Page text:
Not every problem may have this proportion, but when crisis stares you in the face, the least bad option may be all you have. Because reality is actually very different from what you find in text books. It is full of people who have emotions, expectations, attitudes and competing interests – not all in support of a solid reform.
So dealing with trade-offs may be the most difficult part of your career – perhaps of your life. There may be people who lose out, even with good reforms, at least temporarily, because you didn’t have the luxury of a perfect outcome. How will you explain this to them? How will you compensate them? And will they listen and understand in a complex world where endless information is competing for their attention?
To answer these questions, you need the best technical expertise not just within yourself, but in your team.
But you also need to be inclusive and transparent.
People need to sit at the table. They deserve respect and dignity and their voices must be heard. Remember without them you won’t achieve legitimate results.
In the field of public policy, even more so in a position of leadership, your success is defined solely by how the people who are affected by your work are doing. Their success is your success.
This brings me to my final point, leadership. Given the complexity of the issues you are dealing with and knowing that the public’s wellbeing is at stake, taking decisions in public policy is never easy nor is it simple.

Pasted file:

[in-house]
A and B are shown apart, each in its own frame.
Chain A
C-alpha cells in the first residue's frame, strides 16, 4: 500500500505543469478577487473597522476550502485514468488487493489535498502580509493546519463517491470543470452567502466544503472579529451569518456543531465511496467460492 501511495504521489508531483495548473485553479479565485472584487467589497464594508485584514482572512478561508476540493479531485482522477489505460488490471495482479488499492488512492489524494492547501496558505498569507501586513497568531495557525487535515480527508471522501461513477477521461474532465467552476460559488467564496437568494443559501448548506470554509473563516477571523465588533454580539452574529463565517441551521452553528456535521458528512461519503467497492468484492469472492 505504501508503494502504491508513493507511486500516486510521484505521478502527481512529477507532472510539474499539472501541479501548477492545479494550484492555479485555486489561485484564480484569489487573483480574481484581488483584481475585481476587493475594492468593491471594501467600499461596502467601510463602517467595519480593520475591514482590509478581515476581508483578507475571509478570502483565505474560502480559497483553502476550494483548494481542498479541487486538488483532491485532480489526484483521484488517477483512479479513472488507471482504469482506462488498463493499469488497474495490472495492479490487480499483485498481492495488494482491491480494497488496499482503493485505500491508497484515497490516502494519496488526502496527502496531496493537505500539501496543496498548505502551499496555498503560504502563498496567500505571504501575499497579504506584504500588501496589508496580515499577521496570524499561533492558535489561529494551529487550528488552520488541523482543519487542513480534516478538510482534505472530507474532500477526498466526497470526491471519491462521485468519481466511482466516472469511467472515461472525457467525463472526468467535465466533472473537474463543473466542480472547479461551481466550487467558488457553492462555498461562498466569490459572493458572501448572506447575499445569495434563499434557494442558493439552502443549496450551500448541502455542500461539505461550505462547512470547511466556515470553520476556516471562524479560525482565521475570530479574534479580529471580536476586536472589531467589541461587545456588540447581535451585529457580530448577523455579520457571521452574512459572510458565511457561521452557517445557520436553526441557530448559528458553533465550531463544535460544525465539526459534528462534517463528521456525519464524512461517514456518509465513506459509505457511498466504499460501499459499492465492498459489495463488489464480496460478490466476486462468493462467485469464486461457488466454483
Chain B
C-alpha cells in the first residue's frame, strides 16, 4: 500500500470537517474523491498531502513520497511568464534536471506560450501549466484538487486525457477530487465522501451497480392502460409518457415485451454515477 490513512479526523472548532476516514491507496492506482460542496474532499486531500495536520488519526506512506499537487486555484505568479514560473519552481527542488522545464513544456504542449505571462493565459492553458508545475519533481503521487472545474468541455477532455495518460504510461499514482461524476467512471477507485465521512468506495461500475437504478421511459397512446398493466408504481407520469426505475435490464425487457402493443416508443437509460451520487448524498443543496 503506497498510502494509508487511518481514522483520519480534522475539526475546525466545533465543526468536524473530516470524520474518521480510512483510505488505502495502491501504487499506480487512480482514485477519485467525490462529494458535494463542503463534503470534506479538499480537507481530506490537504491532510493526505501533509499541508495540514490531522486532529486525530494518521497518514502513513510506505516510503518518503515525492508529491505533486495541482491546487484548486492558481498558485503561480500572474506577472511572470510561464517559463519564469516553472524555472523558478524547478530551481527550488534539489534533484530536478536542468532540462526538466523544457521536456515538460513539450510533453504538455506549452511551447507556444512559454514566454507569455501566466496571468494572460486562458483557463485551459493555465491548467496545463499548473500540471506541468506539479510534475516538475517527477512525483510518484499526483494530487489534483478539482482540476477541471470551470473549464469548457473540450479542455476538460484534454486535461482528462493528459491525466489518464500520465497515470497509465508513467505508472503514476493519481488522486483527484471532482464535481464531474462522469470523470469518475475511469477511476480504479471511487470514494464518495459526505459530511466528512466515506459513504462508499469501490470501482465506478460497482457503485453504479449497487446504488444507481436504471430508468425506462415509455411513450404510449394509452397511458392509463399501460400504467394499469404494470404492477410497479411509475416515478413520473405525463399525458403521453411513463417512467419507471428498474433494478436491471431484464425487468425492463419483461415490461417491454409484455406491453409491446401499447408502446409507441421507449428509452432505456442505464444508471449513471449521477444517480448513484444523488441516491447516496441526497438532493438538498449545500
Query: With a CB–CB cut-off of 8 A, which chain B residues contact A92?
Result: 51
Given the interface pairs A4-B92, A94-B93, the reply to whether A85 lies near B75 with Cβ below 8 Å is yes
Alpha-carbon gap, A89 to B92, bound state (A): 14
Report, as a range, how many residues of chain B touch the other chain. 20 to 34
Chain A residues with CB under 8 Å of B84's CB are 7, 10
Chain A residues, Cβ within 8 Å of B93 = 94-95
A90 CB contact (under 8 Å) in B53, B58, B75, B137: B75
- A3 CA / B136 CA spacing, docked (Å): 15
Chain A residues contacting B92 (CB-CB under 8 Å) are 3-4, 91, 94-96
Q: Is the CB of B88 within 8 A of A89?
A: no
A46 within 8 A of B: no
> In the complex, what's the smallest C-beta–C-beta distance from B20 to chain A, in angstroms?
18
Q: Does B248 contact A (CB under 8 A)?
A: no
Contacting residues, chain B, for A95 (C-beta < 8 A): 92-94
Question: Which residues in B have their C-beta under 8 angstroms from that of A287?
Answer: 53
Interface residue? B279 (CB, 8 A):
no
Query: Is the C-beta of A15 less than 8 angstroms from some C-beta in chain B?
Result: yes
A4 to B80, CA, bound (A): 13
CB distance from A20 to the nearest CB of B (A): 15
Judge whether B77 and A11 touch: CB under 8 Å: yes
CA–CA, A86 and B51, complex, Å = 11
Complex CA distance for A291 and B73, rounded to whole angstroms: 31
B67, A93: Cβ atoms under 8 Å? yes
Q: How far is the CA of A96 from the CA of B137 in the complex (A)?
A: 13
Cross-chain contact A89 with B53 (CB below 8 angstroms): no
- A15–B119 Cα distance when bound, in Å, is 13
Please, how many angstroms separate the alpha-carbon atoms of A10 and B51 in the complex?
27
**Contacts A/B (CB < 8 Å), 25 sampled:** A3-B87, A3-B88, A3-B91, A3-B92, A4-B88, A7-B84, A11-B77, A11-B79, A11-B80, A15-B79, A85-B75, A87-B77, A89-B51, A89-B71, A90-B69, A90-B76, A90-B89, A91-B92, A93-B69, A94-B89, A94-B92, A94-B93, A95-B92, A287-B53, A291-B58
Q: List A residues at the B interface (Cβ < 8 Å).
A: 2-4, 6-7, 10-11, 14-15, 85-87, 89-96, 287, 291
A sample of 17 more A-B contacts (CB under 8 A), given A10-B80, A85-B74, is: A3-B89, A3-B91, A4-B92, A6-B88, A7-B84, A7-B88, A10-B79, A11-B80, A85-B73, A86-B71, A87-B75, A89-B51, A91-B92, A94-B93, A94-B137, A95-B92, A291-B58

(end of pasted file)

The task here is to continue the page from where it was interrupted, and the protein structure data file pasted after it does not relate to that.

You need to show empathy. You need to truly understand people’s hearts and minds. You need to be able to convince them that the reform is needed and success is possible. You need to have courage of conviction, be dedicated, and driven by a strong sense of integrity.
But leadership also means the ability to differentiate between facts and evidence on the one side and bias and subjectivity on the other. It means managing every process inclusively and making choices wisely and responsibly, no matter how hard they seem.
In fact, the cost of change is often immediate, but success can be delayed and people may not remember your contribution by the time it arrives.
If this sounds still interesting to you, you are right for the job.
So what final guidance can I give you?
Always choose what is in the best interest of the public. It ultimately will make you a better human being too. Sometimes, not everyone will appreciate your decision. Some may misunderstand your actions. And others even misrepresent it.
But if you act with full integrity and without compromising on fairness, and if you act with honesty, humility and respect for the dignity of people, you always come out as a winner.
So no matter whether you hold public office, work for a private company, an NGO or civil society organization – and no matter whether you are an entry-level, a mid-level professional, or an executive – nothing will beat integrity and the value of your dignity.
With this, I want to congratulate you once again. Good luck for the future you are going to build for yourself, your generation and those that will come after you.